6 Basic Calisthenics Exercises YOU Need for Strength

How to: Push Ups

Keep your core & back straight. For traditional push ups, there should be no exaggerated curve in your back. Your wrists should be in alignment with your shoulders and you should be facing the ground to have your spine remain in a neutral position.

Your typical push ups are either a wide-stance push up with your hands spread past shoulder length or you can do close-stance push ups with your hands brought in closer and your arms tucked into your body.

If you’re struggling with your push ups, you can do knee push ups or incline push ups. For incline, you’re placing your hands on the bench to take some resistance from your body weight. 

If you already have some killer strength, you can make the push ups more advanced by doing some single leg push ups, lifting one into the air. Using the bench, you can also do decline push ups, placing your feet on the bench and adding resistance to your chest day.

How to: Squats

Moving on to traditional squats, find a footing that allows you to go through with the best range of motion. There’s a slight difference in how your feet and knees will be pointed in this stance for your benefit. Your knees should be aligned with your toes in your stance. You want to go down to about parallel, and if you have great flexibility and range of motion (ROM), you can go past parallel until you begin sacrificing your form.

Another exercise that targets your glutes in a different area are the goblet squat or sumo squats. Typically with this, you want to have some sort of weight to hold in front of you. You can use household items for extra resistance. Go down as far as you can, right around parallel. Your toes will be pointed out more dramatically than traditional stance and your knees will generally be aligned with your second toe.

To make this exercise more advanced, you can do pistol squats or assisted pistol squats using a bench. Kick one foot out in front of you, find your balance in the center, and go down slow and controlled on one foot, using a bench as assistance if needed.

For a more cardio-based / plyometric exercise, you can also do jump squats where you push from the heels and jump up and land back down into a squat, repeating this motion. I will typically have clients do this for about 10-20 reps or anywhere from 20-60 seconds depending on their current fitness level.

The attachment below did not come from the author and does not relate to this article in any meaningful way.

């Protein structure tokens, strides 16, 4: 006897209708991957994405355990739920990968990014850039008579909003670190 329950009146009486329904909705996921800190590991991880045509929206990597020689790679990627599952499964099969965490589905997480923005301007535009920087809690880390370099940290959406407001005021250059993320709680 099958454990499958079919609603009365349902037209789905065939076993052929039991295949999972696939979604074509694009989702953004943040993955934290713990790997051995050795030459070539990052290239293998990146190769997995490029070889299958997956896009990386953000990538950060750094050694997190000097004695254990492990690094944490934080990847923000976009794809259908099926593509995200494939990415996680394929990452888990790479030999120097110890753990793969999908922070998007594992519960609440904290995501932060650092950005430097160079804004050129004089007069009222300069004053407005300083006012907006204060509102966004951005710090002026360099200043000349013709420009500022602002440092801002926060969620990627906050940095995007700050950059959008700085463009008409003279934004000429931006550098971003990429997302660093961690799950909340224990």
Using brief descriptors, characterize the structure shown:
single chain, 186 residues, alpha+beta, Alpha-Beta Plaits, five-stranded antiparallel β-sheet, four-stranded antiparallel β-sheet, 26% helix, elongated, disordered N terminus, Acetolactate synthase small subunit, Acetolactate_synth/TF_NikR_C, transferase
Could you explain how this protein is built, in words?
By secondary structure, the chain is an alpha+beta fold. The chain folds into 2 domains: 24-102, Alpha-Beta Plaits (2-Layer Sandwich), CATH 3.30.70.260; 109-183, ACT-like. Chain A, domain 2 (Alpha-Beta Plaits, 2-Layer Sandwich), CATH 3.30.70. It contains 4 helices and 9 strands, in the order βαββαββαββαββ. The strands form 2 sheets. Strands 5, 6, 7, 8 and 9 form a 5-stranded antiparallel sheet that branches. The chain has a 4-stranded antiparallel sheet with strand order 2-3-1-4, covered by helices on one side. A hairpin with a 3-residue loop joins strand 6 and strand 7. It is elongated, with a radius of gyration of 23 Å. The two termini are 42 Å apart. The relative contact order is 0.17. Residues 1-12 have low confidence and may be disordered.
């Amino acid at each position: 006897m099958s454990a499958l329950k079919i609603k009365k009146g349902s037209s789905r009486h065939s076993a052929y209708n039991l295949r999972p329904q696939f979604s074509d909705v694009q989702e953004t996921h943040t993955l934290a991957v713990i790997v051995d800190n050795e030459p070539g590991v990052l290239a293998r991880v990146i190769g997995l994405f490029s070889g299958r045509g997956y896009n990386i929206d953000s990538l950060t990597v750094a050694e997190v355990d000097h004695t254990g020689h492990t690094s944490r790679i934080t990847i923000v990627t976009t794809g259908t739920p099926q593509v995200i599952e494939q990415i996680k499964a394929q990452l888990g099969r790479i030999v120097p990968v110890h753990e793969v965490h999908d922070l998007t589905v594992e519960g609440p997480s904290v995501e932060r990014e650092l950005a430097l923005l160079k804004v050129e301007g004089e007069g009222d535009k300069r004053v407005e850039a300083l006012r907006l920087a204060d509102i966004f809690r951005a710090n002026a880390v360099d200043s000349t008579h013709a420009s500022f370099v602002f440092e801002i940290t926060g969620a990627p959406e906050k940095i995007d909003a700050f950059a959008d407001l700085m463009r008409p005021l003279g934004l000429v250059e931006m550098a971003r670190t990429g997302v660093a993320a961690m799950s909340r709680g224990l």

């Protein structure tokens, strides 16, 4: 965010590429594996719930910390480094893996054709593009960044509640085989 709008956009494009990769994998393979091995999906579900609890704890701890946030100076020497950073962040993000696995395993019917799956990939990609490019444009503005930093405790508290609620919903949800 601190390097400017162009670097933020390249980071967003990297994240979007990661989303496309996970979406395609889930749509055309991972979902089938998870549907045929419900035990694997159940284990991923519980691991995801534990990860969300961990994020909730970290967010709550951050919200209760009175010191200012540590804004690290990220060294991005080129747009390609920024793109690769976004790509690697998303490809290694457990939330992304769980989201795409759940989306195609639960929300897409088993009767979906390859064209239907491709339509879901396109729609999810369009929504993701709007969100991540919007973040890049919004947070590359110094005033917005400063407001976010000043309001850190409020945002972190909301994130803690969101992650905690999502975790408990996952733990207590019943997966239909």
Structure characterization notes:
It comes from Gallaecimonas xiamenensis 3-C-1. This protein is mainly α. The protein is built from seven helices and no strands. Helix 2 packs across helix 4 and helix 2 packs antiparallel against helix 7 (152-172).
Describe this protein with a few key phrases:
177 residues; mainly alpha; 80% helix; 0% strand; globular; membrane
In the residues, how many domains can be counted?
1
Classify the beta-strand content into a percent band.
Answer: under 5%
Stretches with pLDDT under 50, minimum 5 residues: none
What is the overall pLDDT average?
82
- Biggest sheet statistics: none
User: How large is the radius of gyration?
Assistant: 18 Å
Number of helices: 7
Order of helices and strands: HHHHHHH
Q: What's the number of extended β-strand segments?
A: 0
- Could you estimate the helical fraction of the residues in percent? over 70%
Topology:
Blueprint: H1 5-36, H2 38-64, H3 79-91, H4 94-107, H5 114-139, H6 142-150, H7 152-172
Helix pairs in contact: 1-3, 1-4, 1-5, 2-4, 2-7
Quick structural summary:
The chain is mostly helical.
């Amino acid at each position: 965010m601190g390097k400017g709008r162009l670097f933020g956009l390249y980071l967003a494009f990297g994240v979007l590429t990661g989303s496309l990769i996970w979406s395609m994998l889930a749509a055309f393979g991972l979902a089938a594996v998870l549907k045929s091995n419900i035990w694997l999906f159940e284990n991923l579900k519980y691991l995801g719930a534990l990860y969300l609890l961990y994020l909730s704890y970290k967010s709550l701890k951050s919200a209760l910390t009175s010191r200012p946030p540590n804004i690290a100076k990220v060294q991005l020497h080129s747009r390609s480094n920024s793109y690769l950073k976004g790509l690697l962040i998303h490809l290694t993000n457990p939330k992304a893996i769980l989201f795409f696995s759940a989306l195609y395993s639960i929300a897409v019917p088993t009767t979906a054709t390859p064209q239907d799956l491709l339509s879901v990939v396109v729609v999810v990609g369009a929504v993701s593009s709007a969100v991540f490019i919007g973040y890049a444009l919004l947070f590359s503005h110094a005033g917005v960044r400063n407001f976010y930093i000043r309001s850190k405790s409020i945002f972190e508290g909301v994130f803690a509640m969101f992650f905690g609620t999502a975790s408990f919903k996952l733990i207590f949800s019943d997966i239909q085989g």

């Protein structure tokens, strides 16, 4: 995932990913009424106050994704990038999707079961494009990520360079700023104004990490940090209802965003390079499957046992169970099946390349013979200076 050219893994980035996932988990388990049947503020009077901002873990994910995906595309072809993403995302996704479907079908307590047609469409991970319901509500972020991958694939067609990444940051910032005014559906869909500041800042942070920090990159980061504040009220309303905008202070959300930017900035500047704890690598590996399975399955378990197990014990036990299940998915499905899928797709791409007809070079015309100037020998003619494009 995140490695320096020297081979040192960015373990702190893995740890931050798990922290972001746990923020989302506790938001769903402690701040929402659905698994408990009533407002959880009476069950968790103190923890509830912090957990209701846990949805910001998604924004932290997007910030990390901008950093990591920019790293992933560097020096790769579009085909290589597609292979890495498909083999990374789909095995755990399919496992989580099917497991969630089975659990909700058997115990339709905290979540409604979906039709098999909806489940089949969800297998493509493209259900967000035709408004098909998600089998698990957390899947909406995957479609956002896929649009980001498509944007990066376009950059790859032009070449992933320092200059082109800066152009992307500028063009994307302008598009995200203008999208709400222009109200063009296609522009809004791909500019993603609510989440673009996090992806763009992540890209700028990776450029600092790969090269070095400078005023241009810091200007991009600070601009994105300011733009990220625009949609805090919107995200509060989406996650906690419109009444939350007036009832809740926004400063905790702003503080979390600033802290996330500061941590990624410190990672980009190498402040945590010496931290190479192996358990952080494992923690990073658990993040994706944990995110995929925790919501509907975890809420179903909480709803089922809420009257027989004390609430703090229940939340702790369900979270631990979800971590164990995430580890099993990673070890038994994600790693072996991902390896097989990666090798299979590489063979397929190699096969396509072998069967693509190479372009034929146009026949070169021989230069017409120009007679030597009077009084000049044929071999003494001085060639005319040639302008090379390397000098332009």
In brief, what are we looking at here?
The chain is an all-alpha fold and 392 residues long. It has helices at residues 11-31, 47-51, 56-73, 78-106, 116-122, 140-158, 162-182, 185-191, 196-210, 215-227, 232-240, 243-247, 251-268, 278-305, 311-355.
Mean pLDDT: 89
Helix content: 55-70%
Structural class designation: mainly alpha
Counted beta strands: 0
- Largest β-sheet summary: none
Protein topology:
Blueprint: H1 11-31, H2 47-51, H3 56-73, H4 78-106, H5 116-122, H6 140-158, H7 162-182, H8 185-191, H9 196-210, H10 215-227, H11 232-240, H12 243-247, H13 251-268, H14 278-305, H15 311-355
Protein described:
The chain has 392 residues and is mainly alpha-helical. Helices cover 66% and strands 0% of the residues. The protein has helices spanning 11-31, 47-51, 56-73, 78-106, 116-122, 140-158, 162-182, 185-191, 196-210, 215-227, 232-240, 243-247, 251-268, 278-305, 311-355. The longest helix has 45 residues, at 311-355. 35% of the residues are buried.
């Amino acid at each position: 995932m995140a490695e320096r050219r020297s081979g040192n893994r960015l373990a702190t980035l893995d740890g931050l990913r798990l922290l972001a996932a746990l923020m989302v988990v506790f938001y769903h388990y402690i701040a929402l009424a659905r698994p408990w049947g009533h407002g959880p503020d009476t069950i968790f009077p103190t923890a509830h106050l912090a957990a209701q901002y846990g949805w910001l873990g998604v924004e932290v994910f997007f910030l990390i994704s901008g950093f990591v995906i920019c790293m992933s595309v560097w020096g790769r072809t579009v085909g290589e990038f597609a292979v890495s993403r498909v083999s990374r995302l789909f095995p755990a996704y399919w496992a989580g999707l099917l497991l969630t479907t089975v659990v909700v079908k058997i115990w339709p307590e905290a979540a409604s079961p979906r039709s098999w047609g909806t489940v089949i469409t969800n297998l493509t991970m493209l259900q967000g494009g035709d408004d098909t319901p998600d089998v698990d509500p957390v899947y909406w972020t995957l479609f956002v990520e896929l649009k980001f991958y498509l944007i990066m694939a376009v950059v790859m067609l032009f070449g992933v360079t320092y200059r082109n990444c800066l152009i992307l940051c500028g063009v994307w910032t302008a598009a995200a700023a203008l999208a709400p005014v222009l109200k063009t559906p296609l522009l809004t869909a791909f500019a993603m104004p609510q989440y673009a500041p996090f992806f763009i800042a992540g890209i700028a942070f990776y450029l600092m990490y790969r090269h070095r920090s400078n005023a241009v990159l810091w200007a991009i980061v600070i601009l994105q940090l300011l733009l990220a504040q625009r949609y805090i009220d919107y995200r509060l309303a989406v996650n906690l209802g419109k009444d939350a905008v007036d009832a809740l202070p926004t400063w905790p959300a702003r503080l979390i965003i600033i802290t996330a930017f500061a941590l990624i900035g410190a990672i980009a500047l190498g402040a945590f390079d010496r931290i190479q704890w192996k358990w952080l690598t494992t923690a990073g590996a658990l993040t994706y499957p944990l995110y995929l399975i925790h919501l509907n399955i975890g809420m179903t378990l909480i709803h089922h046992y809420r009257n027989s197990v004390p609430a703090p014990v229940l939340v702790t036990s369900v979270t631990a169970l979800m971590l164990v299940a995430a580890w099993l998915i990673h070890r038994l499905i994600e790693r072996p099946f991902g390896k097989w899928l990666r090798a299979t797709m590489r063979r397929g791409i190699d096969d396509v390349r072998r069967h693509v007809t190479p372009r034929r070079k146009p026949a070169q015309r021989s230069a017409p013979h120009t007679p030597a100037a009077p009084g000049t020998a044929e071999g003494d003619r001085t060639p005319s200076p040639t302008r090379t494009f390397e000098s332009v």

How to: Lunges

With lunges, you want to step out wide enough that you can bend your front knee to 90 degrees and your back knee bent nearly touching the ground. When you’re coming up, push from the heel of your foot, using the forward leg.

You can do walking lunges, standing lunges, reverse lunges (meaning you step backwards rather than forwards), switch lunges (also referred as jump lunges: the plyometric version), or pulse lunges.

How to: Tricep Dips

You can start with your tricep dips from the ground, sitting in the same position you would for a crab walk, palms facing inward towards the rest of your body and using your arms to lower your body down. You want to feel this in your arms. Some people will treat this as a glute exercise, using their hips to thrust themselves up; don’t do this. The predominant muscle you’re using is the triceps, so you shouldn’t be using your glutes to push yourselves up at all. This should be the deadweight.

The progression of this exercise would be to place your hands on a bench, keeping your feet on the ground and again using your arms to lower yourself down slowly and again to push yourself back up.

How to: Pull ups

With pull ups you can go at a wide grip, grabbing the bar with your palms facing away from your body and positioned past shoulder length. You can do narrow grip, same position, just bringing in your grip closer to shoulder length. You can also do reverse grip, which is where you grab the bar with your palms facing towards you and in the same width-position as you would narrow grip.

You can make this exercise easier with assisted pull ups, which is where you tie some heavy-duty resistance bands around the pull up bar and put your knees or feet on the bands to help pull you upwards. If you don’t have bands, another reliable option is to do deficit pull-ups, where you come up as fast as you can, but lower yourself down to full extension as slowly as possible.

How to: Crunches

There are a million different crunch exercises you can do. Your most common is just a regular crunch: bending your knees and lifting them from the ground with your elbows bent towards your head and using your core to pull you upwards towards your knees.

If you want to work your obliques more with these crunches, you can do some bicycles or bicycle crunches. You’ll be in this same crunch position, but you’ll peddle your feet as if you were riding a bike and use your core to bring one arm closer to the opposite leg.

If you’re burning out on the bicycles, we can do toe taps to work these obliques as well, keeping your feet on the ground and your arms on the side of your body, you’ll use your core to reach the side of your foot with the palm of your hands, alternating each time.

Another popular core exercise which is an advancement of your crunches or sit ups are your leg reaches. Stay lying on your back and kick both legs up in the air, keeping them as straight as possible. I should be able to lie a book flat on your feet while you’re doing these. You’re going to do the same thing with your arms as you did the bicycles in reaching one arm to the opposite leg, but your legs will remain still this time and you’ll just use your core to move your upper body towards your legs.



Lexes O'Hara

Lexes O'Hara is a personal trainer and nutrition coach. Her work philosophy is to teach her clients to, "train, eat, and live like a bad ass." Certifications include NASM CPT and FNS.